With the fate of rival fest Electric Zoo up in the air this year, the New York iteration of Electric Daisy Carnival — which technically takes place in New Jersey, just across the Hudson at MetLife Stadium — is the summer’s number one electronic music festival on the Eastern seaboard. And while past years’ lineups have skewed heavily toward club-heavy EDM acts, this year’s is more inventive, offering sets from deep house duo Dusky, R&B-infused dub master Kastle, and up-and-coming Amsterdam trap trio Yellow Claw. Weekend passes go for $225; follow @InsomniacEvents on Twitter for updates.

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**Movement** May 24-26 | Detroit

To truly celebrate techno music, you have to go to the source: Detroit. This three-day riverfront event is one of the more affordable large-scale music festivals, bringing together some of the biggest names in techno, garage and house music. Movement notoriously pays homage to hometown heroes — Carl Craig and Stacey “Hotwaxx” Hale are on the bill this year — while also bringing out industry favorites like Jamie Jones, Pete Tong and Julio Bashmore. Last year’s attendance surpassed 100,000, but the five-stage setup (plus coveted free fairground WiFi) keeps festival-goers in check. Three-day tickets go for $130 (Single-day passes are $55); follow @MovementDetroit on Twitter for updates.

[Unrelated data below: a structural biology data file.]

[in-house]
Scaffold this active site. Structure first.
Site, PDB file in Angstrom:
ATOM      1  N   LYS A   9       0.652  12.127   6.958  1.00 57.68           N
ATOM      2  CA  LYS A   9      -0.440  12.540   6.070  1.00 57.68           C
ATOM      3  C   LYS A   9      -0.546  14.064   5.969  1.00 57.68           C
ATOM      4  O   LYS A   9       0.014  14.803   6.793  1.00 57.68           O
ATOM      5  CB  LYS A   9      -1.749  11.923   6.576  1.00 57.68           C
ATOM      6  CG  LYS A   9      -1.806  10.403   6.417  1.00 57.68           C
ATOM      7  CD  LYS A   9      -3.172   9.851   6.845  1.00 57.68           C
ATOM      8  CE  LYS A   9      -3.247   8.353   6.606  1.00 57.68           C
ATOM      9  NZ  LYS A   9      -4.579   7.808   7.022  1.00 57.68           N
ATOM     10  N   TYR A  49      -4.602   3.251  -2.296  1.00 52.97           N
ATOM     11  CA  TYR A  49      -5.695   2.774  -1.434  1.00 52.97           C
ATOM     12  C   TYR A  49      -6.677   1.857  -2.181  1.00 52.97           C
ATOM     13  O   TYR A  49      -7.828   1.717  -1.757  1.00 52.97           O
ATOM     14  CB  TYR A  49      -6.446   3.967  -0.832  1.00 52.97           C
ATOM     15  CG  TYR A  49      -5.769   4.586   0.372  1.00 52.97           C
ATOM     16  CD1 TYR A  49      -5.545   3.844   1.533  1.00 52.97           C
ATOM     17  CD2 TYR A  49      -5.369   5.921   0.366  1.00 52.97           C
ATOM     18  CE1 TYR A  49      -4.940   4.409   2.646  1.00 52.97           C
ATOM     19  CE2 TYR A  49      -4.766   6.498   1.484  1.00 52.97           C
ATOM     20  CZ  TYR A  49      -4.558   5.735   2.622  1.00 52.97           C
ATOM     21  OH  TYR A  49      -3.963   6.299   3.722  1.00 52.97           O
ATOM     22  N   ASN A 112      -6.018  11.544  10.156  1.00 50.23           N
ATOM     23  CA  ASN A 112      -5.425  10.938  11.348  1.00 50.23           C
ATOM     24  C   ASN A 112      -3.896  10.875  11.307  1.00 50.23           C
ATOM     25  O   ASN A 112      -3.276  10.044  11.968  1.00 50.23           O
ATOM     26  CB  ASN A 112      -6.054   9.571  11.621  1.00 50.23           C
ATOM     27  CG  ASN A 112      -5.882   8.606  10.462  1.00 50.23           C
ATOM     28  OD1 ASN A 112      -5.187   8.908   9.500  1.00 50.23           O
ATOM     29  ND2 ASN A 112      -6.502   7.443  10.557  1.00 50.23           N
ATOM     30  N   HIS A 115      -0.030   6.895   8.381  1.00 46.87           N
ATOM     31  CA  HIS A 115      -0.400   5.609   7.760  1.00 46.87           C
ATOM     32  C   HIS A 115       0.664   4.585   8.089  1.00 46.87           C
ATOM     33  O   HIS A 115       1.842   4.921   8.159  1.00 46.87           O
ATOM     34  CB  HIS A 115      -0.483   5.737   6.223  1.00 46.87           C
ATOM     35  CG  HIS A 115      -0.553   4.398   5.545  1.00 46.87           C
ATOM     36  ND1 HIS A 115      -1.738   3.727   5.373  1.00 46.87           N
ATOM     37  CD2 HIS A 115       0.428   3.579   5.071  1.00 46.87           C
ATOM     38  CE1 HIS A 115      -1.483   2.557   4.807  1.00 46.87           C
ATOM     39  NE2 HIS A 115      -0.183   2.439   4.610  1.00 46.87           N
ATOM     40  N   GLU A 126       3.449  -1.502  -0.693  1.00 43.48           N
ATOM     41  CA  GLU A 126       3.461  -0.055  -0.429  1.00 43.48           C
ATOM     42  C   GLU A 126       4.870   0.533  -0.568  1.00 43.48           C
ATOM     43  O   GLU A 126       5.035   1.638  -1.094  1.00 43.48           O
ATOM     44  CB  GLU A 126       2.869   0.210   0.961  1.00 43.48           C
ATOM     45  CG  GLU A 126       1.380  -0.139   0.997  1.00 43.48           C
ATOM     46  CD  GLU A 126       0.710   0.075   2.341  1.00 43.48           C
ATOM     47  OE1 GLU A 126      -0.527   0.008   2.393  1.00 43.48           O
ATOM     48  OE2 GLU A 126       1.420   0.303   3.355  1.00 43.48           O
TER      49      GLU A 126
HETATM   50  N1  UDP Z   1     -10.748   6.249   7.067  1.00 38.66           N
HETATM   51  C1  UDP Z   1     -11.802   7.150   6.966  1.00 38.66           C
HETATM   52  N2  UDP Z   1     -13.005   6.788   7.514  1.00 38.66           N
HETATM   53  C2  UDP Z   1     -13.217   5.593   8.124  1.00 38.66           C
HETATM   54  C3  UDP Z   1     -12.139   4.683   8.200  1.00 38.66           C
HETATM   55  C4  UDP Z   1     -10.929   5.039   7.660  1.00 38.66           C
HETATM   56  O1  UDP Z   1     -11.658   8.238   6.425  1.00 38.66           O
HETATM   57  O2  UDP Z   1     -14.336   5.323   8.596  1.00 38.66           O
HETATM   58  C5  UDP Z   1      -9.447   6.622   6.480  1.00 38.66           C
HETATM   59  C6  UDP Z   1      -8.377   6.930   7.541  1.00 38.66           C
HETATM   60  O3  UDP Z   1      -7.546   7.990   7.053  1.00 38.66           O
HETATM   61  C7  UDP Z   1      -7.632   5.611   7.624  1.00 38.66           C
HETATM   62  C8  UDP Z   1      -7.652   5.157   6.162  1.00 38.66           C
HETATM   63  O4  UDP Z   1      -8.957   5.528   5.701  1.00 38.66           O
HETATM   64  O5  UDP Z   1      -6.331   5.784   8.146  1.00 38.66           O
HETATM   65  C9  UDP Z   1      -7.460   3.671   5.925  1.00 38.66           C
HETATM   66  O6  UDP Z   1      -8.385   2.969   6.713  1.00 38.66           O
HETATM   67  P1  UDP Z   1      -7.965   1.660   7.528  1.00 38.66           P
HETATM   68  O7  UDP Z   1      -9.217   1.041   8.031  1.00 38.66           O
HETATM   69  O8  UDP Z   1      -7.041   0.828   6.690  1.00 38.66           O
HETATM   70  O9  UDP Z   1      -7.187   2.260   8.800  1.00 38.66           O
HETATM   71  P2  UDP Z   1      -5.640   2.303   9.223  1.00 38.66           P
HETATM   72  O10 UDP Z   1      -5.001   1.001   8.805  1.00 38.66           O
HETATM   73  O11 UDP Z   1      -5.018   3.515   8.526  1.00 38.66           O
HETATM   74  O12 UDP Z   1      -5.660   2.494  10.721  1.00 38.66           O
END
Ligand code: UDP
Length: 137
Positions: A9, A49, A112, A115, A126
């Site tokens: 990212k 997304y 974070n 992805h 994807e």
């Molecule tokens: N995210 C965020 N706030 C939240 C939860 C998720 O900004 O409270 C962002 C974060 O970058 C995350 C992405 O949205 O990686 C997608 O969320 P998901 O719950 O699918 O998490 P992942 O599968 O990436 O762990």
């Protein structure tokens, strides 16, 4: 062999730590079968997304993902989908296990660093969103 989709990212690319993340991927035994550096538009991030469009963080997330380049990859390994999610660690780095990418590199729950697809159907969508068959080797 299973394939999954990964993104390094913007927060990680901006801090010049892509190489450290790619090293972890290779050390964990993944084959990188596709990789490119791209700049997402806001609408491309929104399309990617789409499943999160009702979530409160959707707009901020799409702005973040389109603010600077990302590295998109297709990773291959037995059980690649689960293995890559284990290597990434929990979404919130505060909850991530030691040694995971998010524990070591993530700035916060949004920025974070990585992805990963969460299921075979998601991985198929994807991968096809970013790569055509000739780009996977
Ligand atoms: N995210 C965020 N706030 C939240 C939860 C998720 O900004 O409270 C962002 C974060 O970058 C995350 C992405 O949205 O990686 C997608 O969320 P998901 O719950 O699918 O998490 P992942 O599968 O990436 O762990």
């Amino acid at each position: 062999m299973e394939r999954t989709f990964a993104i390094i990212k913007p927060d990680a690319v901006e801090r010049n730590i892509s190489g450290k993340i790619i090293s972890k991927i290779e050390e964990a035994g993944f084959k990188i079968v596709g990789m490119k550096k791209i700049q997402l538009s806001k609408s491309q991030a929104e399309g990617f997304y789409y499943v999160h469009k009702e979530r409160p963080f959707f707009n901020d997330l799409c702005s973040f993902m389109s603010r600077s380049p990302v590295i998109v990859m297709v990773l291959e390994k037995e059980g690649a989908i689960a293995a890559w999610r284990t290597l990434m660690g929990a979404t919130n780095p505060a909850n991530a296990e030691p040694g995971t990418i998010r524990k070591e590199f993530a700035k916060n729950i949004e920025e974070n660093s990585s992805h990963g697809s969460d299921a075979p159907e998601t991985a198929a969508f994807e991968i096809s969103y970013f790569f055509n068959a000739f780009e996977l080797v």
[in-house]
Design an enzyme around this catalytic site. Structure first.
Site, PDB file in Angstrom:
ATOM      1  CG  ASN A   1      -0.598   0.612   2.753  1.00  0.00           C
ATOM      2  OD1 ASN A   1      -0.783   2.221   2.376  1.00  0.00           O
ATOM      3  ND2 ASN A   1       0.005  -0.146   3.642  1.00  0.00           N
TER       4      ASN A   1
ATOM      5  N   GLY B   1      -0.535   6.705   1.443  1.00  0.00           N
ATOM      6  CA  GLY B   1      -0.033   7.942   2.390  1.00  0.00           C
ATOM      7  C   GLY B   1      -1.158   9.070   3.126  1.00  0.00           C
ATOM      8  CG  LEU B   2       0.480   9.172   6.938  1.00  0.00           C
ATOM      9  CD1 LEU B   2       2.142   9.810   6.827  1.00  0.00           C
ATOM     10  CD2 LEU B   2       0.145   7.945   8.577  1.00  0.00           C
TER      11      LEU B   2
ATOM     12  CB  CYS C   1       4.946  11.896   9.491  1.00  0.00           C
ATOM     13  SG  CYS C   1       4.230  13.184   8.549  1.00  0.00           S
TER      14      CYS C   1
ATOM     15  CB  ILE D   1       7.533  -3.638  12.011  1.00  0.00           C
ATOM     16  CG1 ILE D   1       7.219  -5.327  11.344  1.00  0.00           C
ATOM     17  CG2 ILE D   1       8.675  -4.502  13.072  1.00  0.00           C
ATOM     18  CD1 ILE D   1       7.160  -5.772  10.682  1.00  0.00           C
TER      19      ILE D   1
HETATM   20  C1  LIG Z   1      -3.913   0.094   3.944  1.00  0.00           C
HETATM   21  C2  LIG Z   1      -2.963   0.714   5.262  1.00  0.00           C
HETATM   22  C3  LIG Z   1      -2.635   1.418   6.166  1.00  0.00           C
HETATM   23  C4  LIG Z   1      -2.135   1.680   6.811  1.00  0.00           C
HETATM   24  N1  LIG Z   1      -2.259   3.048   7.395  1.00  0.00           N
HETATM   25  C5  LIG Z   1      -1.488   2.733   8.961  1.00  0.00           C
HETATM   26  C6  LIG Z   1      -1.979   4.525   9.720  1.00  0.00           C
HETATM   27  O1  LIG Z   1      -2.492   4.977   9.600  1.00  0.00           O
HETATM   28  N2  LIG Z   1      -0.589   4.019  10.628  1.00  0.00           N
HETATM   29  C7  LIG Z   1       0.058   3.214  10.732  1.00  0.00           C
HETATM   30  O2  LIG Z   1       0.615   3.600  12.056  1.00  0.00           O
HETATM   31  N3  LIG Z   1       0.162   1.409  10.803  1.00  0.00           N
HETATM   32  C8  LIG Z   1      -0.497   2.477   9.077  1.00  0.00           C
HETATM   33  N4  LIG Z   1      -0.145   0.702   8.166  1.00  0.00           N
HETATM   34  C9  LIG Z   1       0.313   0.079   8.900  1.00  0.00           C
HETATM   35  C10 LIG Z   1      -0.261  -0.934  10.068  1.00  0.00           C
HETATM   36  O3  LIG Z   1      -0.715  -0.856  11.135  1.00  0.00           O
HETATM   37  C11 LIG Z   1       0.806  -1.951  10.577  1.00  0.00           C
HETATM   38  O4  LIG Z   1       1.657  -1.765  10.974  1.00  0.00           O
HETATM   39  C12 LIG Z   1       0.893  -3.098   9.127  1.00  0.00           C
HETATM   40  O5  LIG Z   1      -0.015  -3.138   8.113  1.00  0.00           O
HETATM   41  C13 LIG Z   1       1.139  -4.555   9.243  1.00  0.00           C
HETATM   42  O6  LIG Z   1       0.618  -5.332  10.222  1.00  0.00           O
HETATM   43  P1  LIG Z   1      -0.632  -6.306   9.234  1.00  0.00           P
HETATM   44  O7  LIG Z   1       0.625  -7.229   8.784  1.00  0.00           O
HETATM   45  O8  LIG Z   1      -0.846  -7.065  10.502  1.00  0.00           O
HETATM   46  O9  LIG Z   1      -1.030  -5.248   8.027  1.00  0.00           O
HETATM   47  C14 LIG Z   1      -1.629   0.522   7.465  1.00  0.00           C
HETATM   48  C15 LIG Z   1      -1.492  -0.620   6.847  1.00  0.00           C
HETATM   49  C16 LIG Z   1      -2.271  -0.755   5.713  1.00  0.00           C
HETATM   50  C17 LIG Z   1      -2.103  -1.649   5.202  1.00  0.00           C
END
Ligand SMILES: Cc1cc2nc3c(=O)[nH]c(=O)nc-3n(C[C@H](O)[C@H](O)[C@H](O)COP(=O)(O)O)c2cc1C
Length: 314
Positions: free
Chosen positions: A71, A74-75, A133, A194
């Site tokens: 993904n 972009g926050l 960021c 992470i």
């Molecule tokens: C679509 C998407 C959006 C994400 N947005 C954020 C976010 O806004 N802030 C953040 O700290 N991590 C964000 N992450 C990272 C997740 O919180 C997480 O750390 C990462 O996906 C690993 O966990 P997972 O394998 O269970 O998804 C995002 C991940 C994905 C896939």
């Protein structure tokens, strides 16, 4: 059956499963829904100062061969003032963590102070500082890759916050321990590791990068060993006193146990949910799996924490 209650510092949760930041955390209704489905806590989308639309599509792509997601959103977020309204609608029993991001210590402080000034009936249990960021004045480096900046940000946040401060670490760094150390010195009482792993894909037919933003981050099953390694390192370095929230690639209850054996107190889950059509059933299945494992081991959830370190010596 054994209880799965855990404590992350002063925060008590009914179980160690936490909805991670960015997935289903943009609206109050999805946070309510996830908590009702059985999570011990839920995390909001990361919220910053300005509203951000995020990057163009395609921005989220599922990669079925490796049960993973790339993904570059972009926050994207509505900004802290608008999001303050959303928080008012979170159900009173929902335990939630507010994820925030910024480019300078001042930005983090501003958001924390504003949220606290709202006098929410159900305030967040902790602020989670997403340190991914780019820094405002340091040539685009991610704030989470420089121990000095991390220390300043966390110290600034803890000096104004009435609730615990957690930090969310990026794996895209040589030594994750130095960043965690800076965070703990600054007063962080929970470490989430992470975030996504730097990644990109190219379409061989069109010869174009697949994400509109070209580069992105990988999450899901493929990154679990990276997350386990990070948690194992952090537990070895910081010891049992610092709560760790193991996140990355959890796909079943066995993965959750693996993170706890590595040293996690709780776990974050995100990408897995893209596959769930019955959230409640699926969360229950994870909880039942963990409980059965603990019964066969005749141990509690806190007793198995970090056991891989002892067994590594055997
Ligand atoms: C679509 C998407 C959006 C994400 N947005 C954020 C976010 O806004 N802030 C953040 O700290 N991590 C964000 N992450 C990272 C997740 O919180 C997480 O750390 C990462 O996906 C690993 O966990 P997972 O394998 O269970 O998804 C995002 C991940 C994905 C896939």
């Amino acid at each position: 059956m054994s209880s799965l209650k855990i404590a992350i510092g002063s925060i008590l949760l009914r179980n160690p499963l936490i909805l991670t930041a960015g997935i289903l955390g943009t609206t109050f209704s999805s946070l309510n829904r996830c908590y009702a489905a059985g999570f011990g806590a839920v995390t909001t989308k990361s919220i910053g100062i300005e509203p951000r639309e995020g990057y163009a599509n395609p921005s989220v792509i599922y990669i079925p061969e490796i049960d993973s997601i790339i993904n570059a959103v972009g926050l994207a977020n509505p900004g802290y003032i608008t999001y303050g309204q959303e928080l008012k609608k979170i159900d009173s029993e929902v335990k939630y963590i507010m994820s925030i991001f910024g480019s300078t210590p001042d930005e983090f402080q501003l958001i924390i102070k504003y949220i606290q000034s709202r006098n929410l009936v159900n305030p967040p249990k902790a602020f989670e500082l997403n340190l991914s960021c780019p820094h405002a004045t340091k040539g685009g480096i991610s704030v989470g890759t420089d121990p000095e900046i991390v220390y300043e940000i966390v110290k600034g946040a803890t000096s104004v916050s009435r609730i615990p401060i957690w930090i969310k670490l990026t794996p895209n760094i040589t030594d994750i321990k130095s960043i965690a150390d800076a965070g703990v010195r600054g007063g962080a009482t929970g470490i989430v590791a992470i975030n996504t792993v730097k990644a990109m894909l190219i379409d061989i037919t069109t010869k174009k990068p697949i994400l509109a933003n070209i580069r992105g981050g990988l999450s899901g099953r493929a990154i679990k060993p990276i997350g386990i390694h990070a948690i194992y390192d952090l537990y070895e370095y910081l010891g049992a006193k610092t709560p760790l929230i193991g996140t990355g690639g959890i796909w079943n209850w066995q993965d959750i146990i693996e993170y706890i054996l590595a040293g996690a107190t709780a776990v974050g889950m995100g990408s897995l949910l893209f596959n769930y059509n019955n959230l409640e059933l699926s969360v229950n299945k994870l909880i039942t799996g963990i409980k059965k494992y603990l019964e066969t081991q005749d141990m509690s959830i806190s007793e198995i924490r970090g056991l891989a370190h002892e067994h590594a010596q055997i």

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**Low End Theory Festival** June 14-15 | Los Angeles

The only newbie on the list, Low End Theory Festival is having its two-day inaugural event at one of L.A.’s most influential music venues, the Echoplex on Sunset Blvd. Born from the city's renowned weekly hip hop and electronic music party of the same name, the festival includes performances from OFWGKTA alum The Internet, electronic mavens Nosaj Thing and Baths plus Low End Theory regular Jonwayne. Select tickets will be available day of show at the door for $70; follow @LOWENDTHEORY on Twitter for updates.

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**Telluride Bluegrass Festival** June 19-22 | Telluride, CO